Which tree comes first in the Garden of Eden?


I posted twice last week on children’s bibles and their unhealthy focus on the tree of the knowledge of good and evil. I was also preparing last week to speak at a men’s breakfast on the discipline of work. As I read Genesis 2 again, I was struck by the awkward syntax of Genesis 2:7-9:

Genesis 2:7-9 then the LORD God formed the man of dust from the ground and breathed into his nostrils the breath of life, and the man became a living creature. 8 And the LORD God planted a garden in Eden, in the east, and there he put the man whom he had formed. 9 And out of the ground the LORD God made to spring up every tree that is pleasant to the sight and good for food. The tree of life was in the midst of the garden, and the tree of the knowledge of good and evil.

Gordon Wenham states that some have surmised that there may have been only one tree at the centre of the garden in the original Paradiesgeschichte and that the other tree of Gen 3:3 was added at Gen 2:9 later:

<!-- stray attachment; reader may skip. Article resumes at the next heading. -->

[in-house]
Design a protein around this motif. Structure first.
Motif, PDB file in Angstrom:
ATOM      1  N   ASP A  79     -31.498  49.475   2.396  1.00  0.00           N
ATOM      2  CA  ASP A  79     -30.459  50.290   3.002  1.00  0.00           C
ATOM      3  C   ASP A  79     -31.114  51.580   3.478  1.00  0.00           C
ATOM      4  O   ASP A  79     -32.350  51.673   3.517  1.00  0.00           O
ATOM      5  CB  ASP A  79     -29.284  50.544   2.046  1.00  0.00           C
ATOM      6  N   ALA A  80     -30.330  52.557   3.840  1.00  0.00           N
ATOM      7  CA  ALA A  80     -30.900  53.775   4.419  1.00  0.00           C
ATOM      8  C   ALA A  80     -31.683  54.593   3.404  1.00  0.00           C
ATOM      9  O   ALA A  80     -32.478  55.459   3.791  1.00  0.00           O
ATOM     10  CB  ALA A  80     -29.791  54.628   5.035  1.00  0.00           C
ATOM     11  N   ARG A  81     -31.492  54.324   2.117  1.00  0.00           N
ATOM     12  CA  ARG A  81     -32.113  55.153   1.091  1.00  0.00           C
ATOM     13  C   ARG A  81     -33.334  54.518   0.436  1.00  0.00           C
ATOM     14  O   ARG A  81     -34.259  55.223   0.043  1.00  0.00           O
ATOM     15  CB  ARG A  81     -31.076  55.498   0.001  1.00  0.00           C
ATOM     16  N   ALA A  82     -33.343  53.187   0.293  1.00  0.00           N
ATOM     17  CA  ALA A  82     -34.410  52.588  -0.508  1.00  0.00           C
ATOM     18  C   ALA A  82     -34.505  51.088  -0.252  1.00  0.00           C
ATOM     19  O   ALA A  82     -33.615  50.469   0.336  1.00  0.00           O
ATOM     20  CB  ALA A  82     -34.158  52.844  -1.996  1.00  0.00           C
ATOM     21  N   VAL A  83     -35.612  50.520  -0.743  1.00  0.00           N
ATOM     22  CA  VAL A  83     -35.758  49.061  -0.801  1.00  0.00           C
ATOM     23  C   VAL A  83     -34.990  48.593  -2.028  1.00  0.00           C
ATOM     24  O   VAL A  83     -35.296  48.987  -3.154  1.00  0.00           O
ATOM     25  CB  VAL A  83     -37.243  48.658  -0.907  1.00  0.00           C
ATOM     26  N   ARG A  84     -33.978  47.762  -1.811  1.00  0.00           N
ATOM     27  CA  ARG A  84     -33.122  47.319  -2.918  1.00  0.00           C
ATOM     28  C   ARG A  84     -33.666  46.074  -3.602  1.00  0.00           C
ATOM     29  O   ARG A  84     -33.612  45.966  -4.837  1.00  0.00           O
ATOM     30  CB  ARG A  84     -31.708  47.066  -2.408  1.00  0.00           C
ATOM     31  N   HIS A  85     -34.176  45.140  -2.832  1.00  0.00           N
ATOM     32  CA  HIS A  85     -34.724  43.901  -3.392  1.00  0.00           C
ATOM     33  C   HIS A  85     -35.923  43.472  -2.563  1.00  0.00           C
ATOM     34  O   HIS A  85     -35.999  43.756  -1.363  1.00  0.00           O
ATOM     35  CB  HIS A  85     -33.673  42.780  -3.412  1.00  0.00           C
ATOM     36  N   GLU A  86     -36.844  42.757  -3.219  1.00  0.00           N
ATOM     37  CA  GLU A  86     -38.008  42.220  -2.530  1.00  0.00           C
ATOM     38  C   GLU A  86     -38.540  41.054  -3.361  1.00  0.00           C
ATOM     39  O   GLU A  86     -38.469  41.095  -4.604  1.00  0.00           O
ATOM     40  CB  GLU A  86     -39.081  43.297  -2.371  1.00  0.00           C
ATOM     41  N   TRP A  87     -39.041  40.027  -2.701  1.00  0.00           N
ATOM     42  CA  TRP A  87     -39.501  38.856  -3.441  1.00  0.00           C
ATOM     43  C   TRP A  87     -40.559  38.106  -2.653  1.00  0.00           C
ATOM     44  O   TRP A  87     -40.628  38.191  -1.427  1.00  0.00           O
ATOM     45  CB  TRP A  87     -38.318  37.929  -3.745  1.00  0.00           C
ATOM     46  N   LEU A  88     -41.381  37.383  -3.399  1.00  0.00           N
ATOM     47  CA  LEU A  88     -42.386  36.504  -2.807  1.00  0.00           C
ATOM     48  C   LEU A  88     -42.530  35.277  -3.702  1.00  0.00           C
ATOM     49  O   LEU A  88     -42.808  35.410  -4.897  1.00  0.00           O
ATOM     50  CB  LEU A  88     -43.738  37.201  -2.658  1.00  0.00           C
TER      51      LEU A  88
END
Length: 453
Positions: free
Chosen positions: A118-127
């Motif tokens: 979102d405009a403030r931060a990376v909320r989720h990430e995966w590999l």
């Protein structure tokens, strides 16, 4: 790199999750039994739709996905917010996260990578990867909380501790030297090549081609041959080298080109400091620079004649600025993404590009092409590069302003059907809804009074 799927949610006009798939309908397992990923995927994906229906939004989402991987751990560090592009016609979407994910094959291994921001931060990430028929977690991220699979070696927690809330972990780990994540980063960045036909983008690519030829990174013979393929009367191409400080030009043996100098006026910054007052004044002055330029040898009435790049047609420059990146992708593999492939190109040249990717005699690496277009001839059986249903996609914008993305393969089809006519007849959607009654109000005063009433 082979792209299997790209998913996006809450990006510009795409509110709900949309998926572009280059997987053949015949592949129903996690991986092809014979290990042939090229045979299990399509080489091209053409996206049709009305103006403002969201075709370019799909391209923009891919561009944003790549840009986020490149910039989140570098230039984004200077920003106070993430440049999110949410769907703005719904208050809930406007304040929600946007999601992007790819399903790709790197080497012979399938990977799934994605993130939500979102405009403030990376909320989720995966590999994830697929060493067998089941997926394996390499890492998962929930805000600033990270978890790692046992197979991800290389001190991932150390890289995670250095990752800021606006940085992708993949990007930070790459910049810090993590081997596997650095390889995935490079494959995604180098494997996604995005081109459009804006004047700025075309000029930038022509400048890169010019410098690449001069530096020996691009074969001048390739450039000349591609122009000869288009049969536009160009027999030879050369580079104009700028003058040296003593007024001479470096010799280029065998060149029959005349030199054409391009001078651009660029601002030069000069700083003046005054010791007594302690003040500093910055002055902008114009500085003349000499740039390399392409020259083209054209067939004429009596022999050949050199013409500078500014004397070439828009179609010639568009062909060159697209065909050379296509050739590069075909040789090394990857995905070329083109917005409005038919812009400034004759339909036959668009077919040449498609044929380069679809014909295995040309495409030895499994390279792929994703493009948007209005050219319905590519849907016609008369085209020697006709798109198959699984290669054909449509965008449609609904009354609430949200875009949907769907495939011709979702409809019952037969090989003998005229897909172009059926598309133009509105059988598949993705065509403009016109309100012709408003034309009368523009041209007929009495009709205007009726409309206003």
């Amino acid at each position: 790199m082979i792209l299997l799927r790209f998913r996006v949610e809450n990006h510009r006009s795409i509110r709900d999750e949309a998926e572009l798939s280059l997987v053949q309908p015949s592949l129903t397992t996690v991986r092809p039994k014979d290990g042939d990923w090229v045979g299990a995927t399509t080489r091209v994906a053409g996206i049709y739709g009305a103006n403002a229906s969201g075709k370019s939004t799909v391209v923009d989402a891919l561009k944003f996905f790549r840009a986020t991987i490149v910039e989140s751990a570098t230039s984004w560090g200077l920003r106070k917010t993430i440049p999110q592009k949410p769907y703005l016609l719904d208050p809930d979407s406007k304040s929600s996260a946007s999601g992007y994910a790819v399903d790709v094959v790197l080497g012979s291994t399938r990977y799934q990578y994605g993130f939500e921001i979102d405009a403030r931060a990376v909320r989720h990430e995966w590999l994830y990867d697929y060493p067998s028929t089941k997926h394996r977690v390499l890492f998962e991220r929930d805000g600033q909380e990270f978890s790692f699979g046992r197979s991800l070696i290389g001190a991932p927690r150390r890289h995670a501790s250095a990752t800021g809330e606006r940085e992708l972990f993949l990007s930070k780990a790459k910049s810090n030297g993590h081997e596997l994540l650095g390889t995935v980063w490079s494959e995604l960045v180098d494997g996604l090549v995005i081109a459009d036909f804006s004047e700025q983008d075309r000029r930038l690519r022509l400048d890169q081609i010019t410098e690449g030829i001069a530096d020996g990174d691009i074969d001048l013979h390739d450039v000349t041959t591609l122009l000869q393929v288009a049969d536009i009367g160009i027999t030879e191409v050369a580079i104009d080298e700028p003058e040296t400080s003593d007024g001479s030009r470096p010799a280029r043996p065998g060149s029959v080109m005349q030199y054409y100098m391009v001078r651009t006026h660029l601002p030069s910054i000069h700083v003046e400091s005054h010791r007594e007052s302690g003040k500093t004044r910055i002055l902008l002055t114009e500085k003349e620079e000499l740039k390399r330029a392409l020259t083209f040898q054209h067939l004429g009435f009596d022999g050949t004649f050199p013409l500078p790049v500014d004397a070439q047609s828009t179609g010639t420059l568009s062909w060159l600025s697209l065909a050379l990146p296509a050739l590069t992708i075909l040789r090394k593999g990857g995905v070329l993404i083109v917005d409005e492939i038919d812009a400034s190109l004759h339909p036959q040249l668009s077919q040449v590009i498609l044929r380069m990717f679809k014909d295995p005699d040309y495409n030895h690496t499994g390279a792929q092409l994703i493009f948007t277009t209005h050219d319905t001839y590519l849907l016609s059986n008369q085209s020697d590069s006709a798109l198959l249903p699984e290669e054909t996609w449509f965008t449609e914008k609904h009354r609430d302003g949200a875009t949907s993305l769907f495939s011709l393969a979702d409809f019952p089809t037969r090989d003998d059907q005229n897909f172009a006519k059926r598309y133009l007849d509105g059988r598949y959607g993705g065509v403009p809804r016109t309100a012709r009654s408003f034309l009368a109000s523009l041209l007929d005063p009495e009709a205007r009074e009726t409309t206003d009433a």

This could be corroborated by the awkward way “the tree of the knowledge of good and evil” is tacked on this verse.

Wenham also shows that this is not unusual syntax as it occurs elsewhere in Genesis and the Pentateuch:

Genesis 1:16 And God made the two great lights- the greater light to rule the day and the lesser light to rule the night- and the stars.

Genesis 34:29 All their wealth, all their little ones and their wives, all that was in the houses, they captured and plundered. [I’m not sure which one applies here]

Numbers 13:23 And they came to the Valley of Eshcol and cut down from there a branch with a single cluster of grapes, and they carried it on a pole between two of them; they also brought some pomegranates and figs.

Could it be that the syntax is deliberately awkward in order to highlight the primacy of the the first tree? The equivalent in English being something like “Sandra was at the party, oh yes, and so was Pete”, the story being primarily about Sandra.

If this is the way the Hebrew syntax functions then our accounts of the creation narrative should focus more heavily on the tree of life and how Adam and Eve missed what they were really meant to have; eternal life.

If you have a grasp of Hebrew, I’d be grateful for your comment.

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